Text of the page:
In 2005, Hurricane Katrina and its devastation resulted in manslaughter charges against Dr. Anna Pou, along with a host of civil actions for murder. Dr. Pou received an AMA commendation for the same activities she was charged with.
2022- A year when law and public health got really tangled. We had the Supreme Court deal with abortion, gun control, and mandatory vaccination. Internationally, euthanasia laws burgeoned.  Some states enacted laws to protect the rights of children born by fraudulent misuse of IVF, and courts addressed the question of proving causation in toxic tort cases.
Colorado, Hawaii, Maine, New Jersey, New Mexico, Oregon, Washington, and the District of Columbia have Death with Dignity legislation. Arizona, Delaware, Massachusetts, North Carolina, and Rhode Island all have active legislation under consideration. California and Vermont have amended legislation. All told, 74 million individuals live in states with Medical Aid in Dying and 87 million more in states considering this legislation. A new paper looks at who has availed themselves of these services.
In recent years, the “Death with Dignity” [1] movements have been racking up victories. Thirty years ago, only Switzerland allowed assisted deaths. Today, no less than 12 countries and 10 states plus the District of Columbia sanction (or decriminalize) euthanasia (where the doctor administers a lethal drug) and Medical Assistance In Dying (MAID), when the patient does the deed.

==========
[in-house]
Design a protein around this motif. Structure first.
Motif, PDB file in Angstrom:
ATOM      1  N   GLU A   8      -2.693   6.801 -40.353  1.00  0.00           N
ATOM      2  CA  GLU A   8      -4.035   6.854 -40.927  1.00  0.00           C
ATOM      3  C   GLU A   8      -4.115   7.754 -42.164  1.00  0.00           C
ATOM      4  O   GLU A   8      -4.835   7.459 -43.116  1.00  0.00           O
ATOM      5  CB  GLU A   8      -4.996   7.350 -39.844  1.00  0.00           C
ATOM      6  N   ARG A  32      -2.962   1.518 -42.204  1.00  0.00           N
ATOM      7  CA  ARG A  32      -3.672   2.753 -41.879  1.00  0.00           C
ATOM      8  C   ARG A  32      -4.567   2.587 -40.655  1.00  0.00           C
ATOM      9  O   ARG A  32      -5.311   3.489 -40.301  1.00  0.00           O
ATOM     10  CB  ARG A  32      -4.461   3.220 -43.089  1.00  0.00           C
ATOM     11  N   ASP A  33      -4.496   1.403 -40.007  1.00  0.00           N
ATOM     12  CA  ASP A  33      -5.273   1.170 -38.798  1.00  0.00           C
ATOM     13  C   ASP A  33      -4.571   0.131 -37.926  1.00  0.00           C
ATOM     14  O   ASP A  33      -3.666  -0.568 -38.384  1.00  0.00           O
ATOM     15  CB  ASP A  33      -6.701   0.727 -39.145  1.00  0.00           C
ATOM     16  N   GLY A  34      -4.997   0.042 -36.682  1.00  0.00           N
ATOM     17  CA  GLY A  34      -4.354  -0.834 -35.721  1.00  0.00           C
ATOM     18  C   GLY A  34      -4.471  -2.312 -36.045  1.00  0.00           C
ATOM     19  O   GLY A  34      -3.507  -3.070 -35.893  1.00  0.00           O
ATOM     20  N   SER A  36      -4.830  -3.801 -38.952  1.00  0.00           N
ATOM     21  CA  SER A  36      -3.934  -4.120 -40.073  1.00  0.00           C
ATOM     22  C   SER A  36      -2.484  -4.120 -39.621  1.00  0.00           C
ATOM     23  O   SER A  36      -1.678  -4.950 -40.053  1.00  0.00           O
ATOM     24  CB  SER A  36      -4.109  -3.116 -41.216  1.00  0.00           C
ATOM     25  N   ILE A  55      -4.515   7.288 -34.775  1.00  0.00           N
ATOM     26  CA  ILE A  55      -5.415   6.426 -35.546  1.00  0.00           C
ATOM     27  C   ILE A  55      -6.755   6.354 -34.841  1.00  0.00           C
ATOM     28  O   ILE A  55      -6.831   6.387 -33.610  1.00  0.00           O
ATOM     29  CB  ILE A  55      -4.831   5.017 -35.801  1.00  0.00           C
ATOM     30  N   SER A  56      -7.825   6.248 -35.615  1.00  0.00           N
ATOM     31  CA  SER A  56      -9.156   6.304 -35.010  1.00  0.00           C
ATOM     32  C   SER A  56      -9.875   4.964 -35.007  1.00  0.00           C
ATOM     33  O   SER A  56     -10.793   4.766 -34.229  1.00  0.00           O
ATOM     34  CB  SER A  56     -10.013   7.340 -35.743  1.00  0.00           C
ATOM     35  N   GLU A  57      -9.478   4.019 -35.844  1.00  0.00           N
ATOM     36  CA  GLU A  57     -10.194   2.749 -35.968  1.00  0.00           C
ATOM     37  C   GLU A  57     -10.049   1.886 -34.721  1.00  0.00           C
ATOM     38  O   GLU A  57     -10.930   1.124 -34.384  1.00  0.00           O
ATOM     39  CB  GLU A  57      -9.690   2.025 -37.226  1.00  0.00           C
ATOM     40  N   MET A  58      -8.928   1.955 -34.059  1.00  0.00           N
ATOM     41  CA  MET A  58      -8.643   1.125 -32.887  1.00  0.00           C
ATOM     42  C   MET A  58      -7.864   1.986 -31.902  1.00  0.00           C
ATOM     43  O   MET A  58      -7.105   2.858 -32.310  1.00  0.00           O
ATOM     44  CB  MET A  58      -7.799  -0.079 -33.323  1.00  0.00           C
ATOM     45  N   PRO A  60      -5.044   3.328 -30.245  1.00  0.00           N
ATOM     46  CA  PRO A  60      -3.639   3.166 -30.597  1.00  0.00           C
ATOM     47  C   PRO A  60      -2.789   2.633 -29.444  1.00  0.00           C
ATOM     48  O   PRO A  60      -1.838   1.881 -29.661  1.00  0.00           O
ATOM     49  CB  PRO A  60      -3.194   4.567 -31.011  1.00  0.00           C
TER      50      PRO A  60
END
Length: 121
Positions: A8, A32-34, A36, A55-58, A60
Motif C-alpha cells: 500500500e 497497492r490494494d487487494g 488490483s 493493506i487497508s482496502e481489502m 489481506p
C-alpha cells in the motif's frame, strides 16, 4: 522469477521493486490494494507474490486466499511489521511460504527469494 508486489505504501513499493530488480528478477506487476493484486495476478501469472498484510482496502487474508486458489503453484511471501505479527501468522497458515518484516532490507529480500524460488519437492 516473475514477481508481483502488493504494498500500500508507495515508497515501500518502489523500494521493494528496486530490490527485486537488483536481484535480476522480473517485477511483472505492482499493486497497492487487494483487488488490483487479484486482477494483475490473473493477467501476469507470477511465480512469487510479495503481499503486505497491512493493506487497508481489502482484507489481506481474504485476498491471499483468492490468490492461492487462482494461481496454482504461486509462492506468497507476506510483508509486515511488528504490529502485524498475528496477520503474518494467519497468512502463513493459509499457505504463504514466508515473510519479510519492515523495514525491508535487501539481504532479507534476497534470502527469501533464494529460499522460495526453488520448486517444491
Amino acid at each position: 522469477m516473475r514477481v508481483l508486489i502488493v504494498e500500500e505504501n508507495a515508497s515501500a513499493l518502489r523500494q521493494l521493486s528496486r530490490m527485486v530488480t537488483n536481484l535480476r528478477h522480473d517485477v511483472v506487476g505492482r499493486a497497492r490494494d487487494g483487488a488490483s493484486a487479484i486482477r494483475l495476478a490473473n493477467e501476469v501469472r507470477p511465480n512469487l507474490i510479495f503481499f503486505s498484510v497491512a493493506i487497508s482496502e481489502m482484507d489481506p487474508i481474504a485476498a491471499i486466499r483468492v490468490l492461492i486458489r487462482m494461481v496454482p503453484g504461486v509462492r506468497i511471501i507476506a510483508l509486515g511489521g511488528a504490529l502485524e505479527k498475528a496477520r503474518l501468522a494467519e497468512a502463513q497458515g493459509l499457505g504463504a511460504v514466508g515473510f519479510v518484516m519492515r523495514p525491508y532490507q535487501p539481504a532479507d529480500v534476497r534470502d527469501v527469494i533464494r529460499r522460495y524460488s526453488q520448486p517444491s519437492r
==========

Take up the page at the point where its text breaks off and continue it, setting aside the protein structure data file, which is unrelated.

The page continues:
COVID-19 has taken a toll on our mental health. With more and more cases of depression, the deadly virus has made us more aware of our fragile existence. Perhaps, as a result, more attention is being paid to end-of-life issues, including hospice, and more controversially, euthanasia. Are we going down a slippery slope?
The recent self-death by 104-year old scientist David Goodall brings to the fore a key question: Whether to deem deterioration from advanced aging – beyond having an incurable disease – as another reasonable consideration for euthanasia. 
Grande Place, Grote Markt, Brussels, Belgium
Brussels is now a destination for medical tourism. Unfamiliar with the term? According to the CDC , "medical tourism" refers to foreign travel for the purpose of receiving medical care. It's estimated that up to 750,000 US residents travel abroad for medical care each year....The most common procedures that people undergo on medical tourism trips include cosmetic surgery, dentistry, and heart surgery.”